What is the Greatest Wisdom of All? Kindness
My wife and I practice Buddhism in the Plum Village tradition and part of that tradition is practice songs. One of the practice songs is a haunting melody in a minor key whose lyrics are the words in this post… and when I read two recent articles on the reaction of school teachers to the recent election of Mr. Trump the lyrics to the song popped into my head.
One article from a NYC parents group website called Mary Poppins, was “An Open Letter to Donald Trump from Concerned Parents”. In the letter, parent Anna Fader cites several incidents of bullying that occurred since Mr. Trump was elected and she implores the President elect to “…lead by example and uphold the values of our great nation and constitution“. While acknowledging that everyone will have to work harmoniously to make this happen, Ms. Fader emphasizes the oversize role the President must play:
Teachers, school administrators, parents, and local and national government officials will also need to do their best to handle these situations and set the tone for their communities, but it is most incumbent on you, Donald Trump, to tell America that you do not stand for or condone any form of bigotry. Tell America’s children that you do not condone attacks on Muslims, gays, blacks, Latinos, or any group. Tell girls that they are valuable, strong and their bodies are not up for grabs. Reassure children that you are not going to deport their law-abiding parents in the night. Be the beacon that this nation needs to actually “unify our great country” as you professed you would.
She underscored her points by including this photo of a first grade teacher’s message to her students following the election:
In a postscript at the end, she notes that bullying is a two way street and in communities where children who supported Trump are in the minority bullying by children who supported Ms. Clinton is wrong and needs to stop.
The second article by NYTimes writer Emily Bazelon, “Bullying in the Age of Trump”, opens with these two sobering paragraphs followed by a recounting of particularly egregious incidents among the 430 shared with the Southern Poverty Law Center:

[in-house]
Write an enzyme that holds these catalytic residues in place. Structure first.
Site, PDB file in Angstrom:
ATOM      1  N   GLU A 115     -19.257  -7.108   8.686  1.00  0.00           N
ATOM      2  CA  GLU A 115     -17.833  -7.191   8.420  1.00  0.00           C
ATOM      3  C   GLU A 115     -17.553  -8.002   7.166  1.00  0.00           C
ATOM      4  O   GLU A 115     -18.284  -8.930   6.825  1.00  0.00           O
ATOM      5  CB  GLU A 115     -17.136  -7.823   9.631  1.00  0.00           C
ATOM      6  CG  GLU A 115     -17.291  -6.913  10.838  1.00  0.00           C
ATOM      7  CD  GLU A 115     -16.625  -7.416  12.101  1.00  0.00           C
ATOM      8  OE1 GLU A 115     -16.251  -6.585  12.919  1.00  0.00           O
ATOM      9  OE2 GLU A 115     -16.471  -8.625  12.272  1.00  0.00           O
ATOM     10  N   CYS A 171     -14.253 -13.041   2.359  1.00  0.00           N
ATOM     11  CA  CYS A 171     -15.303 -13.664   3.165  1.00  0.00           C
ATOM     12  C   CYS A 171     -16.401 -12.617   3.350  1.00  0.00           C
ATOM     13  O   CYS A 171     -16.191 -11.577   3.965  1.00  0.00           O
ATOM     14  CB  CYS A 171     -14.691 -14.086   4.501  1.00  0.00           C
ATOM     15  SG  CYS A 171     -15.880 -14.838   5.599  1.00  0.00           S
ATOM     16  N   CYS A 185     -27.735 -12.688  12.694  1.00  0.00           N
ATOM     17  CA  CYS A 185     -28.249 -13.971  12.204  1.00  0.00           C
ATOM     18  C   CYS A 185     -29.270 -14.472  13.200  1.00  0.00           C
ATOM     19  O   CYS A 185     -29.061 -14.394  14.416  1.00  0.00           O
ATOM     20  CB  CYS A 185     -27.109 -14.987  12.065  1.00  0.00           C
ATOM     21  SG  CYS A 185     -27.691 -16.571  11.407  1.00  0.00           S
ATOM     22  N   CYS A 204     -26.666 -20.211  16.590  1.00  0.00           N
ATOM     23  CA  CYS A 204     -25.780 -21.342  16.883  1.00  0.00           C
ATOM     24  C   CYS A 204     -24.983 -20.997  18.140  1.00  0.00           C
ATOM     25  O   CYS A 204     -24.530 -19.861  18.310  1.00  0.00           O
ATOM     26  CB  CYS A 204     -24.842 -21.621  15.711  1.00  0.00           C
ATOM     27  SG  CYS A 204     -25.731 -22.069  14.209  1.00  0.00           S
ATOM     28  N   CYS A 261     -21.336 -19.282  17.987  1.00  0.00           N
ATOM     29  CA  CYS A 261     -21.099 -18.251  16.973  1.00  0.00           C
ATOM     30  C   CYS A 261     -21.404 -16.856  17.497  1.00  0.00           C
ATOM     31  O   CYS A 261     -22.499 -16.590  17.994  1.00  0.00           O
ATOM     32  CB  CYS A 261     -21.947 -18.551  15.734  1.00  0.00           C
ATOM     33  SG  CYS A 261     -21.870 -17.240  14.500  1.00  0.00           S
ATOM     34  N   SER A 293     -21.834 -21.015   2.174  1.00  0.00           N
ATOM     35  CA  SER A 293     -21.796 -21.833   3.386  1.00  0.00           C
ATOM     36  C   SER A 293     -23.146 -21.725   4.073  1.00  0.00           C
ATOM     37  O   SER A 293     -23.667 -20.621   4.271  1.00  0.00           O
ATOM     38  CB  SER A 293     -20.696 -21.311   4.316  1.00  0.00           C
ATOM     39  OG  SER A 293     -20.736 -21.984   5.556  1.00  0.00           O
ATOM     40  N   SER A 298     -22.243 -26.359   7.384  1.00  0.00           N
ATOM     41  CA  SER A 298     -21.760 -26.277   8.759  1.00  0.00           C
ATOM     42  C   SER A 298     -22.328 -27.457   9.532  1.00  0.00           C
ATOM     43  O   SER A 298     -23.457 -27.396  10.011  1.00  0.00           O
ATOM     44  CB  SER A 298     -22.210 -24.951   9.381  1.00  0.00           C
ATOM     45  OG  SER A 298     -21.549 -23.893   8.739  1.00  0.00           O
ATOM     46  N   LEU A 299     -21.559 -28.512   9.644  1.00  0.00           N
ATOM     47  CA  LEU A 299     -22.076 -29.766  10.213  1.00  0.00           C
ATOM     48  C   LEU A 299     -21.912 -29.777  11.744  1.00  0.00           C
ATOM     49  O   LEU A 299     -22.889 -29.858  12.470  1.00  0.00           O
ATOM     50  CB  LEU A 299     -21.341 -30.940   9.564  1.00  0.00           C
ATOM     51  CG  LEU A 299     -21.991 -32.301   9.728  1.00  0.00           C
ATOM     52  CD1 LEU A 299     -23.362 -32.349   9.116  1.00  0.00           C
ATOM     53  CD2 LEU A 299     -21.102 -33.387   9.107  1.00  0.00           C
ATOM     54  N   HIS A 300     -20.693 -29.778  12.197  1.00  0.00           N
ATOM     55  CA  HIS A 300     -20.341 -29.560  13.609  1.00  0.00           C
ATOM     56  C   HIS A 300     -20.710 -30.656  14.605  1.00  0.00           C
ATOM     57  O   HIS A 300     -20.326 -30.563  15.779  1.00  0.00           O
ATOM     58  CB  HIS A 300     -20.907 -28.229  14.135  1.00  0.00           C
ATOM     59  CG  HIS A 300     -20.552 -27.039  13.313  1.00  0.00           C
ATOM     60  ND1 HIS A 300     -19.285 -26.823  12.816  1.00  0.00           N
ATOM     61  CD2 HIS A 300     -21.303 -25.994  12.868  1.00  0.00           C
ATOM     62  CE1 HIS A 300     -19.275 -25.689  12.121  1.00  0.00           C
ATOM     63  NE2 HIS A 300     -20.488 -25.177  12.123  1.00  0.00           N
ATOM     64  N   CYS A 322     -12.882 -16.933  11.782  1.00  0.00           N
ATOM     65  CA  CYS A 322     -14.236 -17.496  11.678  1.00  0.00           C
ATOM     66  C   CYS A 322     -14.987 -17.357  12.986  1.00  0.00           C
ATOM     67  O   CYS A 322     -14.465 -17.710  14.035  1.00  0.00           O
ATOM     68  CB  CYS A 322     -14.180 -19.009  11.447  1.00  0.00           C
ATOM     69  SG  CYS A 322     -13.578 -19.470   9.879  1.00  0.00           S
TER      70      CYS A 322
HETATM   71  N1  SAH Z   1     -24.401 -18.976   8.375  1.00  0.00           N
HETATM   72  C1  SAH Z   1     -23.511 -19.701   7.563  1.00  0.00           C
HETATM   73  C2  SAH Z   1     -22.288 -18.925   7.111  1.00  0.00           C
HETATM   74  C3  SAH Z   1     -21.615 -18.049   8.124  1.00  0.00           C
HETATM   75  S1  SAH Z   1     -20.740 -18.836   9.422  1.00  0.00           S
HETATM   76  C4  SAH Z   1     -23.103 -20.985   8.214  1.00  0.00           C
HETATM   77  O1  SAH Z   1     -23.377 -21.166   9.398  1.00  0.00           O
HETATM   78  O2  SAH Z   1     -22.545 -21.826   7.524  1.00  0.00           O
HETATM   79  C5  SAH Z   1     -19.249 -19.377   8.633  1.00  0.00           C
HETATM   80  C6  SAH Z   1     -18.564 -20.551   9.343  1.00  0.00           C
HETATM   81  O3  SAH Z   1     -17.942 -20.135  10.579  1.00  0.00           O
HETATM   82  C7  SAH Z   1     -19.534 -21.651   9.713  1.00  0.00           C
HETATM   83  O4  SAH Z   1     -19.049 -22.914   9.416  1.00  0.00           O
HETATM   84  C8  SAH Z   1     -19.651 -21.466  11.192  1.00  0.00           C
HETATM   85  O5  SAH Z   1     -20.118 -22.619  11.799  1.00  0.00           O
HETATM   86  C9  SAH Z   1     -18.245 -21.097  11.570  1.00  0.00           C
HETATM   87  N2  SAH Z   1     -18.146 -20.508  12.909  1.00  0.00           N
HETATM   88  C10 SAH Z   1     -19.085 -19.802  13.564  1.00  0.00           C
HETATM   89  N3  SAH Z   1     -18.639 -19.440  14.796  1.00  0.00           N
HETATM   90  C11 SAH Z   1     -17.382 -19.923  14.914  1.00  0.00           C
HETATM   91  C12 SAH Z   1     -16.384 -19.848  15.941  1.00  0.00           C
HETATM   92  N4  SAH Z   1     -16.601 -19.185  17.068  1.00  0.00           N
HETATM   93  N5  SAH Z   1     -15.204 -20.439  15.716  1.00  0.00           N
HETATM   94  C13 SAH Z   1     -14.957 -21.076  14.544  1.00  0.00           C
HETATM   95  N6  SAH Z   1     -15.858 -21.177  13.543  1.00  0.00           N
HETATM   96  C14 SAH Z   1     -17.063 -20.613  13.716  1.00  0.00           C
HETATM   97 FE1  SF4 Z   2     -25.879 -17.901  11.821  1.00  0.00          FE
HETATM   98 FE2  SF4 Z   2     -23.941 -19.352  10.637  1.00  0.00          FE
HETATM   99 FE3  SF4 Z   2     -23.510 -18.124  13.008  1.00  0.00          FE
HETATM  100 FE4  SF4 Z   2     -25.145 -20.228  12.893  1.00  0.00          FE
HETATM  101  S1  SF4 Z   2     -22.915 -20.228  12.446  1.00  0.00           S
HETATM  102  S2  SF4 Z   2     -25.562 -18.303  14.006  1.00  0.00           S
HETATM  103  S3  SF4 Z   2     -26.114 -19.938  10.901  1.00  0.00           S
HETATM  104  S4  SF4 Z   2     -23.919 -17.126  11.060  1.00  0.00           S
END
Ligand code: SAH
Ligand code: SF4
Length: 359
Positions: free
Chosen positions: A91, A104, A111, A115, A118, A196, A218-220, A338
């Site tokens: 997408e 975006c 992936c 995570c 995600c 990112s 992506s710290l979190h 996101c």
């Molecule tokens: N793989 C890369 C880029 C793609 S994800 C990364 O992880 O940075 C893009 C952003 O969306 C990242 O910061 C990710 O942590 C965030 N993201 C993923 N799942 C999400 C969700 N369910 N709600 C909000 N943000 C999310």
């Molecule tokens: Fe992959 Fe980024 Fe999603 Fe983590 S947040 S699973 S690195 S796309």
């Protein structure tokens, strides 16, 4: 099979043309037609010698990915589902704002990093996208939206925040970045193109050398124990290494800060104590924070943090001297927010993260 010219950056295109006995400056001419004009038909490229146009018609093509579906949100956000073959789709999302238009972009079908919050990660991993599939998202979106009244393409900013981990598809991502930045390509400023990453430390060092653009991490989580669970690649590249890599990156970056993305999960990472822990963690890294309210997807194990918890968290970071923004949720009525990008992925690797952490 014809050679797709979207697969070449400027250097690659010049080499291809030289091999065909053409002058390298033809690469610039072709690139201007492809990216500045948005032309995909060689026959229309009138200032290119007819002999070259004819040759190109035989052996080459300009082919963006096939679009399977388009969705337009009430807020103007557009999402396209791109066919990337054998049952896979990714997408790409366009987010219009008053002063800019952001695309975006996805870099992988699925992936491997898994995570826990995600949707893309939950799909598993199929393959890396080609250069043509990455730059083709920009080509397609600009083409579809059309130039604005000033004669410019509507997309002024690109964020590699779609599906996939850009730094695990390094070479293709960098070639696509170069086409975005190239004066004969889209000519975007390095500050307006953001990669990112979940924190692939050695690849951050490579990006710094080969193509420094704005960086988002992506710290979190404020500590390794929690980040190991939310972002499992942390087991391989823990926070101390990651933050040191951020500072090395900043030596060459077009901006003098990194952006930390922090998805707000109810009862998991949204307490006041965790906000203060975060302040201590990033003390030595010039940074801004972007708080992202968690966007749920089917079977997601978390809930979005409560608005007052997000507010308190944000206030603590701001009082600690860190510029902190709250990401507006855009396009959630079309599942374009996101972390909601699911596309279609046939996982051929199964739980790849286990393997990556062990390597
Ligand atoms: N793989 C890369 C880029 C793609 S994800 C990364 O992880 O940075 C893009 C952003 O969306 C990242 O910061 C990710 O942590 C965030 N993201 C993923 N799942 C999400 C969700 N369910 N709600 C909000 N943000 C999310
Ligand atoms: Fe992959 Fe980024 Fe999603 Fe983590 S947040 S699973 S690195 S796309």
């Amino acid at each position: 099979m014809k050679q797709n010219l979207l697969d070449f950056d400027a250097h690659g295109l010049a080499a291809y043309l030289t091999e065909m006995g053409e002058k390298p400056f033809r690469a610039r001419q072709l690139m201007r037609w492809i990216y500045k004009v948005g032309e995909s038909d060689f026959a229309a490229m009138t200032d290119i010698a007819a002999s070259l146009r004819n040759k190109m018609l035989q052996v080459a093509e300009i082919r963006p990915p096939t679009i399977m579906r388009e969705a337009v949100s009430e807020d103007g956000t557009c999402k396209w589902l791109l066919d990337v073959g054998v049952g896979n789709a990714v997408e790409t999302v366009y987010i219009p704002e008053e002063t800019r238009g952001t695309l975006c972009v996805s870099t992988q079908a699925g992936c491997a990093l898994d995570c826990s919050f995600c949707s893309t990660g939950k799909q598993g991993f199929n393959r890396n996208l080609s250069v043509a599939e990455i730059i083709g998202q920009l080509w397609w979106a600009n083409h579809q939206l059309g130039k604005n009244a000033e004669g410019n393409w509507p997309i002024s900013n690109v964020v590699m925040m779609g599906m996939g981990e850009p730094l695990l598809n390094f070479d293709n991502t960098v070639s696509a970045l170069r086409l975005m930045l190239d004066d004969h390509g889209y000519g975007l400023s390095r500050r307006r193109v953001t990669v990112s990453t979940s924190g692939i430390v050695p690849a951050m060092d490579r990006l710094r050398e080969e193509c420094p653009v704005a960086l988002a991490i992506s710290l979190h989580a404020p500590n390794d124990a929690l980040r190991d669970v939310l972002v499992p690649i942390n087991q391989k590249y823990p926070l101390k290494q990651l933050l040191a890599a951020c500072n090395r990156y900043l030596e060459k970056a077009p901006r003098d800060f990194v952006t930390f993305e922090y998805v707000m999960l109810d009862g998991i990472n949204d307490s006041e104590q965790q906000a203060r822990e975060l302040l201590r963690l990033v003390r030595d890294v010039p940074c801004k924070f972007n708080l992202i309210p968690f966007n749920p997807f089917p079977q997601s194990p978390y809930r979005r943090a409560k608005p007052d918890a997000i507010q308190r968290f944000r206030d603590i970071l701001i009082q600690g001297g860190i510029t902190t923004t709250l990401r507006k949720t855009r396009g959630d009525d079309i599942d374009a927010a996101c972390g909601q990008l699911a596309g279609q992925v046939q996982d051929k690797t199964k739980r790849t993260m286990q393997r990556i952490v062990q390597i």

Kids who are in religious or ethnic minorities, or are gay or disabled, are more likely to be bullied in school than other kids. Their point of difference can be a point of vulnerability. In the last decade, schools have put more energy into preventing bullying, to the benefit of these kids and others (girls, too, are more frequent targets). And they’ve often had the authority of the courts, state legislatures and the federal Department of Education behind them.
Now the country has elected a man who threaded racist, xenophobic and misogynistic messages and mockery of disabled people through his campaign. Donald J. Trump’s victory gives others license to do the same. There are already signs that during his presidency, the moral values that schools and parents have been helping to instill in young people — empathy and “upstanding,” a term schools use that means looking out for fellow students who are being mistreated — will be in danger of eroding.
Ms. Bazelon doesn’t pull any punches in her assessment of Mr. Trump’s decisions to appoint staff members with track records of bashing religious minorities and crudity and concludes with these paragraphs:
It’s also clear that if we can’t count on our national leaders to counteract bigotry, then we have to redouble our efforts to do so ourselves. When parents and alumni at Maple Grove High posted pictures of the racist graffiti on social media, the district issued a statement: “The tweet you may have seen of a racist message scrawled in a school bathroom is real and we are horrified by it. It goes against everything we stand for.” The school officials promised an investigation, acknowledged the danger to minority students and staff members, and said they would work to heal the impact on the school’s culture and “on every member of our school family.”
Those words are a start and deeds must follow, in small moments of kindness and larger acts of standing for justice. At this moment, local civil institutions and all of us, in our communities, are being put to a test. We have to show heart and conviction. We have to ensure that our kids learn the values some leaders have forgotten.
Like the parent who composed the open letter, Ms. Bazelon sees the responsibility for instilling civility shifting away from the national leadership to each and every classroom in the nation… and… in effect… to each and every citizen. In the face of vulgarity and crudeness in our President it is incumbent on every adult to exert the greatest wisdom of all: kindness. Legislation will not help us or our children. Our thoughts, words, and acts of kindness will.